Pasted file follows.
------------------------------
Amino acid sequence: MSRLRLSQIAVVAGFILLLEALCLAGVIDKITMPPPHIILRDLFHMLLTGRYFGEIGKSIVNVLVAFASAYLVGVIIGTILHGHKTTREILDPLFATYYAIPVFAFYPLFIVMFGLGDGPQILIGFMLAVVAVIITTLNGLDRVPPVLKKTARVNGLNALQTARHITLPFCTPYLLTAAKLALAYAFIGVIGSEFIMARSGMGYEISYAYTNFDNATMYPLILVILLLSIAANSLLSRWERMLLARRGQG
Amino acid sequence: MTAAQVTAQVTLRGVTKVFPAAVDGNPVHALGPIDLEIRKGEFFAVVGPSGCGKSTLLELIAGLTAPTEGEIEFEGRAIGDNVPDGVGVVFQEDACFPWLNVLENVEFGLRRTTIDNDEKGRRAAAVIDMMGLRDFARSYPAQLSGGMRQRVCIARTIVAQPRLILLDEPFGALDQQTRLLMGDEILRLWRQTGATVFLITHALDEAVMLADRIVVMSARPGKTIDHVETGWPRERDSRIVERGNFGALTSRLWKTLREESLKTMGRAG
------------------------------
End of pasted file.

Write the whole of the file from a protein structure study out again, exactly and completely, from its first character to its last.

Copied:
Amino acid sequence: MSRLRLSQIAVVAGFILLLEALCLAGVIDKITMPPPHIILRDLFHMLLTGRYFGEIGKSIVNVLVAFASAYLVGVIIGTILHGHKTTREILDPLFATYYAIPVFAFYPLFIVMFGLGDGPQILIGFMLAVVAVIITTLNGLDRVPPVLKKTARVNGLNALQTARHITLPFCTPYLLTAAKLALAYAFIGVIGSEFIMARSGMGYEISYAYTNFDNATMYPLILVILLLSIAANSLLSRWERMLLARRGQG
Amino acid sequence: MTAAQVTAQVTLRGVTKVFPAAVDGNPVHALGPIDLEIRKGEFFAVVGPSGCGKSTLLELIAGLTAPTEGEIEFEGRAIGDNVPDGVGVVFQEDACFPWLNVLENVEFGLRRTTIDNDEKGRRAAAVIDMMGLRDFARSYPAQLSGGMRQRVCIARTIVAQPRLILLDEPFGALDQQTRLLMGDEILRLWRQTGATVFLITHALDEAVMLADRIVVMSARPGKTIDHVETGWPRERDSRIVERGNFGALTSRLWKTLREESLKTMGRAG